Capitol Corridor
University of California
Capitol Corridor

Imperial Valley farmers bring home over $1 million in CDFA Healthy Soil grants

We would like to congratulate the 13 Imperial County farmers who received a total of $1,073,697.97 from CDFA's Healthy Soil Incentive Program.

California Department Food and Agriculture (CDFA) has been providing financial initiatives to California growers and ranchers through its Healthy Soil Program to enable farmers to implement conservation management practices that sequester carbon, reduce atmospheric greenhouse gases (GHGs), and improve soil health. 

These 13 award-winning projects will reduce GHG emissions by an estimated 3,689.1 metric tons of carbon dioxide per year, which is equivalent to 797 passenger vehicles driven for one year. 

This is a groundbreaking achievement for our county and a huge jump from last year's HSP solicitation period, demonstrating that farmers in this region are becoming very interested in adopting climate smart agricultural practices, provided they have funding. 

“These climate smart agriculture incentive programs assist farmers in doing their part to try to sequester carbon and help sustain the environment,” Ronnie Leimgruber, one of the 13 Healthy Soils grant recipients, says. “Being awarded this grant will allow me to apply more compost than I normally would.” 

2020 is the first year that Imperial County growers and ranchers applied for the Healthy Soil grants, which began in 2017. 

Imperial County farmer Ronnie Leimgruber said, “Being awarded this grant will allow me to apply more compost than I normally would.” Photo courtesy of CDFA

With a maximum award of $100,000 per award, this grant was a great opportunity for California farming operations to pilot conservation management practices such as compost application, cover crops, nutrient management, and reduced till/no till for 3 to 10 years (depending on the practice) with minimal financial investment on their part. For the farmers and ranchers interested in the environmental benefits but unable to afford the cost of implementing these practices on their own, this program is a chance to try them firsthand. 

UC Cooperative Extension in Imperial County and Imperial County Farm Bureau partnered to provide technical assistance for the Healthy Soils Program and Alternative Manure Management Program for 2020. Together we conducted outreach, held a series of workshops and assisted individuals with their grant applications. 

The goal was to bring awareness to these climate smart agriculture incentive programs and assist growers in applying and maximizing their chances of receiving grants. Overall, Imperial County saw great progress from the prior year in the number of applicants and amount of awards, drawing recognition from Assemblymember Eduardo Garcia.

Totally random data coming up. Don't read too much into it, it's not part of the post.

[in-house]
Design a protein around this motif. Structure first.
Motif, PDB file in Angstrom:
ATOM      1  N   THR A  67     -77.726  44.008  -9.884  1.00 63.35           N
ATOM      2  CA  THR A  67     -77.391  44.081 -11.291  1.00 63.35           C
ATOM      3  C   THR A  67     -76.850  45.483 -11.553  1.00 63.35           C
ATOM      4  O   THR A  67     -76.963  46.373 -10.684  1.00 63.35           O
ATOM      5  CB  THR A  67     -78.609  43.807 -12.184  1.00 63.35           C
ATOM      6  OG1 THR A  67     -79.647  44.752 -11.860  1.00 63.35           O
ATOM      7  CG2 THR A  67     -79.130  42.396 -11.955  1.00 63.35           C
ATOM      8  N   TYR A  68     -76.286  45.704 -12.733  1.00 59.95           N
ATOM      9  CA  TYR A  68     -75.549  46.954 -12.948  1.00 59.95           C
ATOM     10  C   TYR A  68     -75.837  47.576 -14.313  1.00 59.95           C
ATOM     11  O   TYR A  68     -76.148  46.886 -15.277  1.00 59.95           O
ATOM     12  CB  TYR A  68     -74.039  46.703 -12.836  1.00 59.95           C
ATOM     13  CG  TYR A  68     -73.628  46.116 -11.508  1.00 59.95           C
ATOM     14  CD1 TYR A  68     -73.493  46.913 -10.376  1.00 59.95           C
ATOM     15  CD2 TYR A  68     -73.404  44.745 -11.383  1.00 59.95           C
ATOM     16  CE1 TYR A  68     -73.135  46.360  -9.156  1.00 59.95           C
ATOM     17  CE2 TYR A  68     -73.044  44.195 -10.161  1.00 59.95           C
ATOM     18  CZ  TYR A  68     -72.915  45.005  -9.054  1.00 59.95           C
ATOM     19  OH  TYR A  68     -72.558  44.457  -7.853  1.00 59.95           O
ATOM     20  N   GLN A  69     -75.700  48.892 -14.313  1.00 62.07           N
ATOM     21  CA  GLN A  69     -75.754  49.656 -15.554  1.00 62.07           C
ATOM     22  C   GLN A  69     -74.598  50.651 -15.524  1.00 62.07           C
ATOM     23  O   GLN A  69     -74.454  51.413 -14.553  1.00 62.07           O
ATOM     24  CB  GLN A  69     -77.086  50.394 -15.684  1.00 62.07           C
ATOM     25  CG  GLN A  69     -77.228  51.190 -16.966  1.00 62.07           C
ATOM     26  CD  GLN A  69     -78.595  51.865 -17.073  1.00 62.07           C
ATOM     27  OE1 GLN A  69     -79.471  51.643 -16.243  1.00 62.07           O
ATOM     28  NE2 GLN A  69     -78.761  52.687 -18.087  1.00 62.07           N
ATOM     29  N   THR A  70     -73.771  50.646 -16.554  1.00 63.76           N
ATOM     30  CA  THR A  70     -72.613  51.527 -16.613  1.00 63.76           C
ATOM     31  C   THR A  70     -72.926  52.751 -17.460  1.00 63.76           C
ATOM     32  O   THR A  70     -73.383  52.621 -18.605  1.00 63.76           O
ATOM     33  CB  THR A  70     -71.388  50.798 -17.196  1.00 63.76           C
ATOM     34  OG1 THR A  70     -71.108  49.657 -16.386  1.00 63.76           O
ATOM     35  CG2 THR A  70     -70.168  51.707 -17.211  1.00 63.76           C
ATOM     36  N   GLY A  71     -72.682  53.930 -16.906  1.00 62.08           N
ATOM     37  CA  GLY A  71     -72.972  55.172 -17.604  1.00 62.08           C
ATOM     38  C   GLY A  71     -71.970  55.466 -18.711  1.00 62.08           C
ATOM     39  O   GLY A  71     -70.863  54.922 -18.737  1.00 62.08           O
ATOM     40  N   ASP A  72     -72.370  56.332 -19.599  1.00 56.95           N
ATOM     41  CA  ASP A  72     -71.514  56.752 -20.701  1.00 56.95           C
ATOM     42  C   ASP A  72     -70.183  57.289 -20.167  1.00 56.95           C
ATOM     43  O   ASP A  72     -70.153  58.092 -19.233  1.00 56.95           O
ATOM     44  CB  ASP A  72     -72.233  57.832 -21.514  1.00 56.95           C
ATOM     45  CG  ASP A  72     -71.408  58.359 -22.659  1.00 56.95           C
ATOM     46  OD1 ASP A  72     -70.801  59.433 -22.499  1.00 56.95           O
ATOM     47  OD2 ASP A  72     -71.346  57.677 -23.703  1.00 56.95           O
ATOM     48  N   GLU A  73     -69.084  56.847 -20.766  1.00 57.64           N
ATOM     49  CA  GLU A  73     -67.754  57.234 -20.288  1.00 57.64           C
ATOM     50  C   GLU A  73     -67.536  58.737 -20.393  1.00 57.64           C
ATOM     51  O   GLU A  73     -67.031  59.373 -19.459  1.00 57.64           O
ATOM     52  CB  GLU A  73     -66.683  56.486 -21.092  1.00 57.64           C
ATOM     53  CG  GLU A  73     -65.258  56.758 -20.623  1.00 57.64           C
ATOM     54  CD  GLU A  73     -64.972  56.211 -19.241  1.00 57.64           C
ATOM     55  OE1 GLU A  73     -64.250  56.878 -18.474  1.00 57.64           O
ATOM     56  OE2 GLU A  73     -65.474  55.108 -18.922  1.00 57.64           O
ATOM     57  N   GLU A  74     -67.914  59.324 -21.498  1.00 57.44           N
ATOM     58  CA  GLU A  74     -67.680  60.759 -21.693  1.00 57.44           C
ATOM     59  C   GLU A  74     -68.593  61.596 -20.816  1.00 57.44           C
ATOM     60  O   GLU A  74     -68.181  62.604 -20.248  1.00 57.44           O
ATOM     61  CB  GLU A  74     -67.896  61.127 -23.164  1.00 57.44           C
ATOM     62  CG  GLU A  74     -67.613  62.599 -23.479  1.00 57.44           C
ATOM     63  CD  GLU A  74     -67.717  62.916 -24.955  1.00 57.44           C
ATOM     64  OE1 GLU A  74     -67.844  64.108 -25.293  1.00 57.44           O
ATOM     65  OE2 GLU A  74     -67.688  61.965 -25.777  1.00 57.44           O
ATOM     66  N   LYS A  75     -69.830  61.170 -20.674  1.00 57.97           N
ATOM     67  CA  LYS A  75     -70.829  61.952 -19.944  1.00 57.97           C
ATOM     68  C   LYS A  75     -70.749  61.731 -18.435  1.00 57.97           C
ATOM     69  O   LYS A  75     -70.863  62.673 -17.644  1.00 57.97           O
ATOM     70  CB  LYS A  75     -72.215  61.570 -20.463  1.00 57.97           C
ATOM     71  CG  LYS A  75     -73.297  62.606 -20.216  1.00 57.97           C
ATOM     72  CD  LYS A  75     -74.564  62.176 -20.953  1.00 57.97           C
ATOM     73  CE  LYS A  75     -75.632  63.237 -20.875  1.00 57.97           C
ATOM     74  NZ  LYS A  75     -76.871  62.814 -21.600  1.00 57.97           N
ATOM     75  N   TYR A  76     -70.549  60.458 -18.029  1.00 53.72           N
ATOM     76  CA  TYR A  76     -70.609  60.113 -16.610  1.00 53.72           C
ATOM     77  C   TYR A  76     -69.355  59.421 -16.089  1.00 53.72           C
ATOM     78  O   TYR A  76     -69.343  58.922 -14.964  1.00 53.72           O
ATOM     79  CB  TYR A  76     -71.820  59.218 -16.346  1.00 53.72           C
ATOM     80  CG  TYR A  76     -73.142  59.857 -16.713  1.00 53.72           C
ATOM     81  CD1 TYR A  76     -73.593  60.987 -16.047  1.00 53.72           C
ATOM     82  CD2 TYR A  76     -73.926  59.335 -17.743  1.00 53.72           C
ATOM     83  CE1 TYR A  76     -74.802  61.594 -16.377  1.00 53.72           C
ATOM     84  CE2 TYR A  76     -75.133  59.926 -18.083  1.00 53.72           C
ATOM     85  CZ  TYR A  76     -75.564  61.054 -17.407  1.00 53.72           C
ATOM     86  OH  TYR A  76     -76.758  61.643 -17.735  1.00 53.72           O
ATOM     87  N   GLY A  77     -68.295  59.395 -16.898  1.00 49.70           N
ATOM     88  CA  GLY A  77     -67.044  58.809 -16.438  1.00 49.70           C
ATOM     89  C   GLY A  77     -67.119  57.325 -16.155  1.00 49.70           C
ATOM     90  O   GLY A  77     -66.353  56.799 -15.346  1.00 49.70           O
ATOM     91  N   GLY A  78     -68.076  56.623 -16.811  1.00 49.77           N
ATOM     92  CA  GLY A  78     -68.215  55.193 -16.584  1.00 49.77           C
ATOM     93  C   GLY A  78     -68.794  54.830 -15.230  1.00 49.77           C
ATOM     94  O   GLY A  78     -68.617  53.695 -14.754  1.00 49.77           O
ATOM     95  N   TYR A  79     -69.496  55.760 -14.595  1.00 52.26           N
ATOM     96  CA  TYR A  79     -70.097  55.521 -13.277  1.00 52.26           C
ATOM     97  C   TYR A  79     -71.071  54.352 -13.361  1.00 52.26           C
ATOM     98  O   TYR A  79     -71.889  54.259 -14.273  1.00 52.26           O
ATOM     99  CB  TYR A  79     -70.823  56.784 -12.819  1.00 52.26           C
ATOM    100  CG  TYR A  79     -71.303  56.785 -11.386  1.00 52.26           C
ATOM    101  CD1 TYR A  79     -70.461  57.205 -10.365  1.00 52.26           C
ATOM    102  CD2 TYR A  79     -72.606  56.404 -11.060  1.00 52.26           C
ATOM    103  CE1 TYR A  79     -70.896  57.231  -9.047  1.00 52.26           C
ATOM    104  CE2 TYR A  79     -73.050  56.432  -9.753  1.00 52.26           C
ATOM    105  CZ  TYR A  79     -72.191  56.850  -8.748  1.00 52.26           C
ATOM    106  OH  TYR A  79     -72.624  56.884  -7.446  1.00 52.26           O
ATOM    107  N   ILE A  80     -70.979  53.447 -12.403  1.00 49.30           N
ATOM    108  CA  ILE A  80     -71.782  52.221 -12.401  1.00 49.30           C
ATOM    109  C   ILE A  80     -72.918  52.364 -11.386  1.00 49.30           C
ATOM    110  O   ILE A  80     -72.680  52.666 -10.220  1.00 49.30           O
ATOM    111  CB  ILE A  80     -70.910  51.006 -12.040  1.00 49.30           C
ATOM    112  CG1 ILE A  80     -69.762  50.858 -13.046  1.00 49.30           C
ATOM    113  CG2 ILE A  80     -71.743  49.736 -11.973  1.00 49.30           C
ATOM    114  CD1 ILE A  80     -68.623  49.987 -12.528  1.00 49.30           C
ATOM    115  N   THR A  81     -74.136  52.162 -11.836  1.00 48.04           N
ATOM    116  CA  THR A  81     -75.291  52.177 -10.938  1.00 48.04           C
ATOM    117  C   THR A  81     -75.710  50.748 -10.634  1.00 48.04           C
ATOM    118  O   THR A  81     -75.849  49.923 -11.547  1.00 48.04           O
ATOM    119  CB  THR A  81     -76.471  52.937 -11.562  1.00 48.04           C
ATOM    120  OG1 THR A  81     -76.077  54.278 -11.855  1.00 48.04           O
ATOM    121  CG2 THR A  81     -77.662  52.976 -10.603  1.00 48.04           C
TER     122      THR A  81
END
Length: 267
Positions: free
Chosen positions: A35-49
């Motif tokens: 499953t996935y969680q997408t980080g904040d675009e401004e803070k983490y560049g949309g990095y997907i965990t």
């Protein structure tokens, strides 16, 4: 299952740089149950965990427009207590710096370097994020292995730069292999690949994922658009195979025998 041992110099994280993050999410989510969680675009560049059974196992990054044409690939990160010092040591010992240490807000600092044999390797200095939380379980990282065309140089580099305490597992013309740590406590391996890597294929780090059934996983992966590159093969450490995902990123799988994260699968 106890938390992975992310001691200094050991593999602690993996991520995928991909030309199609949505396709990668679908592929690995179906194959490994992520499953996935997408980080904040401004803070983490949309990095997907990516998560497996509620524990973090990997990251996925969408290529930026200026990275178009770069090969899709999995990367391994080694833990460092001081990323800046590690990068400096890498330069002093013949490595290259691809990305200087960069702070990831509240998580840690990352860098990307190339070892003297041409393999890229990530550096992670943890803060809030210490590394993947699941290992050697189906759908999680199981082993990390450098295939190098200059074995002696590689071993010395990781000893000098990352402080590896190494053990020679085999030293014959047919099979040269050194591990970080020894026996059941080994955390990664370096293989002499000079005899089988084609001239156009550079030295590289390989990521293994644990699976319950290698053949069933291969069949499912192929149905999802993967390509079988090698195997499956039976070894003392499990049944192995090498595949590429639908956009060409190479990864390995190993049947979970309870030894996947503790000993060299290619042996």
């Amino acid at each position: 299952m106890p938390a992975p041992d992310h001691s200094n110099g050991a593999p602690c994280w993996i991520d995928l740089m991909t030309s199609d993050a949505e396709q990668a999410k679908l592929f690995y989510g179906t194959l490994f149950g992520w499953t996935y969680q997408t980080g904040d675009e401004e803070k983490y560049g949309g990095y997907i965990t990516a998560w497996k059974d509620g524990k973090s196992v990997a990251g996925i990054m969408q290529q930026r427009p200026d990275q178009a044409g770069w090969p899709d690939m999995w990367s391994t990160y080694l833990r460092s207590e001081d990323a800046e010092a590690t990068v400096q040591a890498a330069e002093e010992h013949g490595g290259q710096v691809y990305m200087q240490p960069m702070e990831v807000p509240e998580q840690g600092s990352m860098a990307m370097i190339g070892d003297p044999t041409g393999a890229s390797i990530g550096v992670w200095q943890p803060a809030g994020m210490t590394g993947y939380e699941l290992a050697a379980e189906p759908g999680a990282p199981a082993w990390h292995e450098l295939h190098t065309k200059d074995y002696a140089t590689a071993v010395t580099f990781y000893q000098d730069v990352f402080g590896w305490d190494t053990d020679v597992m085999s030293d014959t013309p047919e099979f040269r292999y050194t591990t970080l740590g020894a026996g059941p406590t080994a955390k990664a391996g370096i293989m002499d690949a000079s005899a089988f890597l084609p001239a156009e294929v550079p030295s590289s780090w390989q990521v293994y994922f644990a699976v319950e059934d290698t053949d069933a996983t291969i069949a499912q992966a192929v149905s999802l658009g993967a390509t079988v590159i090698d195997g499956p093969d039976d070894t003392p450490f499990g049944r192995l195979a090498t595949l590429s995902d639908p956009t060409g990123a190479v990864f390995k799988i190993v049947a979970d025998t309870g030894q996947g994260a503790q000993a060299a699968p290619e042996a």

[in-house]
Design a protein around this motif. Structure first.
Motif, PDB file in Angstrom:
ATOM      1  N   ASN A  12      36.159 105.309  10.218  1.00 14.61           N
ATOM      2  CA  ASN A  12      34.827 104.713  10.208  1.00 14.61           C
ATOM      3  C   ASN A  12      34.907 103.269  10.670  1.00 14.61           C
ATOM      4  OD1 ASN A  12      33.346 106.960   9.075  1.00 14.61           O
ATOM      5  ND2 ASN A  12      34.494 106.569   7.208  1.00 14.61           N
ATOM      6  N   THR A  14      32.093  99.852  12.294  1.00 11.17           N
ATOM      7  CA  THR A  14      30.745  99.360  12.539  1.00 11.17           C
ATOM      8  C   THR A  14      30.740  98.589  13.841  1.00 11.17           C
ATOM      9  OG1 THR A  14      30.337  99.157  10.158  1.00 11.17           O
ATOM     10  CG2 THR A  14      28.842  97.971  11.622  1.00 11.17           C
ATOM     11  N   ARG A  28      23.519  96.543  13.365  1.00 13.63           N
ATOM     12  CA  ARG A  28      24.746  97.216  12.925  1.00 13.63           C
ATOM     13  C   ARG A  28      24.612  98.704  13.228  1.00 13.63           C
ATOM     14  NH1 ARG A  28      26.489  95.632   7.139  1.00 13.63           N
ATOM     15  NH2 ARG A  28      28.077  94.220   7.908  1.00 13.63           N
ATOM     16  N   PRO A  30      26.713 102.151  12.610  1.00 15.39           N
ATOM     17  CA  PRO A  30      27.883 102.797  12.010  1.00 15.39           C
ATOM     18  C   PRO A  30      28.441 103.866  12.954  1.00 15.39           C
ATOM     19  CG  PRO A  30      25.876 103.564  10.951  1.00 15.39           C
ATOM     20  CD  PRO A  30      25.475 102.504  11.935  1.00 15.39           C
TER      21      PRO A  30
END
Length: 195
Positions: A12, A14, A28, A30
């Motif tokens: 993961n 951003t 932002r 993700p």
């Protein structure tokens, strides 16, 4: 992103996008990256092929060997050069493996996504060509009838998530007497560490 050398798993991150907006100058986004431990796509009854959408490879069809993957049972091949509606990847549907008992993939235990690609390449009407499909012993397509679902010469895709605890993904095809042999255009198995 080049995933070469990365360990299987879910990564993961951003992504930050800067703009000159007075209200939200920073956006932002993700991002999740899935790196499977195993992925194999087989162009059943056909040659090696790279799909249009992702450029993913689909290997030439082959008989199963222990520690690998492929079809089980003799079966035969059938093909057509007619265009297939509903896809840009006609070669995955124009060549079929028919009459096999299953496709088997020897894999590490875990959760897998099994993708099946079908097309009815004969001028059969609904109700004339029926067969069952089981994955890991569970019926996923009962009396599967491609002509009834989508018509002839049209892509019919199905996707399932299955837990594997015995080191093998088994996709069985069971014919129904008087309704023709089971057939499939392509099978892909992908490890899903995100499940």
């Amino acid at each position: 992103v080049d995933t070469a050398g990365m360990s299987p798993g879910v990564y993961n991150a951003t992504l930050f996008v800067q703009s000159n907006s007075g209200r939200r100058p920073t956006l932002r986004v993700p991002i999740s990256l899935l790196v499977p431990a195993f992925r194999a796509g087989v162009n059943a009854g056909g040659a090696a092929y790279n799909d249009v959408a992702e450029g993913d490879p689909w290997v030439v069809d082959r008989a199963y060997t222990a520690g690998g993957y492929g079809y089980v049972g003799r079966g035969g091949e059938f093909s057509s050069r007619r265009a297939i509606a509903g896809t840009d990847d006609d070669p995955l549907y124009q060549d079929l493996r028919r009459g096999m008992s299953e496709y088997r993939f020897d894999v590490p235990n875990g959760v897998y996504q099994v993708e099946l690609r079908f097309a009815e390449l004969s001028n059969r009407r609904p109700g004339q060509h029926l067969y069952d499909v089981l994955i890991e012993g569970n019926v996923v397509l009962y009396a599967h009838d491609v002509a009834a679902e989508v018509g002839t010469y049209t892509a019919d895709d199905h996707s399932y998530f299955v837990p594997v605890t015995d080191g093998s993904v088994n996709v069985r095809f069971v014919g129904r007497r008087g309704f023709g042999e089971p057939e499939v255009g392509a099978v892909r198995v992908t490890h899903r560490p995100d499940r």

We are optimistic that these programs will continue to grow in future years, assisting local farmers in implementing additional farming practices that continue to benefit the environment. We encourage grant recipients to contact us for assistance with project implementation and data collection. 

This year, CDFA's Healthy Soil Incentive Program received a total of 578 applications requesting $37.87 million, exceeding the $22 million available funds. 

CDFA secretary Karen Ross stated, "Soil has the transformative power to help us stabilize our changing climate by capturing greenhouse gas emissions from the atmosphere and storing them underground, through the assistance of living plants and microbes, that improve both the atmosphere and the soil." 

These conservation management practices are known to promote on-farm sustainability by building organic matter, encouraging nutrient cycling, increasing water holding capacity, reducing soil compaction, and lessening the need for synthetic fertilizers. In general, if you enrich your soil, it will boost the productivity of your cropping systems. However, every agricultural operation varies in its needs, the benefit it obtains from different conservation management practices depends on the location, size, crop rotation, irrigation system, and soil type. To enhance applicability according to site specific needs, CDFA allows applicants to choose from four categories, totaling 28 eligible practices selected from the United States Department of Agriculture (USDA) Natural Resources Conservation Services (NRCS) conservation practices standards. 

For more information about climate smart agriculture, please contact me, Kristian Salgado, at or at (442) 265-7700.


Posted on Friday, June 12, 2020 at 2:16 PM
Focus Area Tags: Agriculture, Environment, Natural Resources

No Comments Posted.

Leave a Reply

You are currently not signed in. If you have an account, then sign in now! Anonymously contributed messages may be delayed.

Security Code:

Read more

Webmaster Email: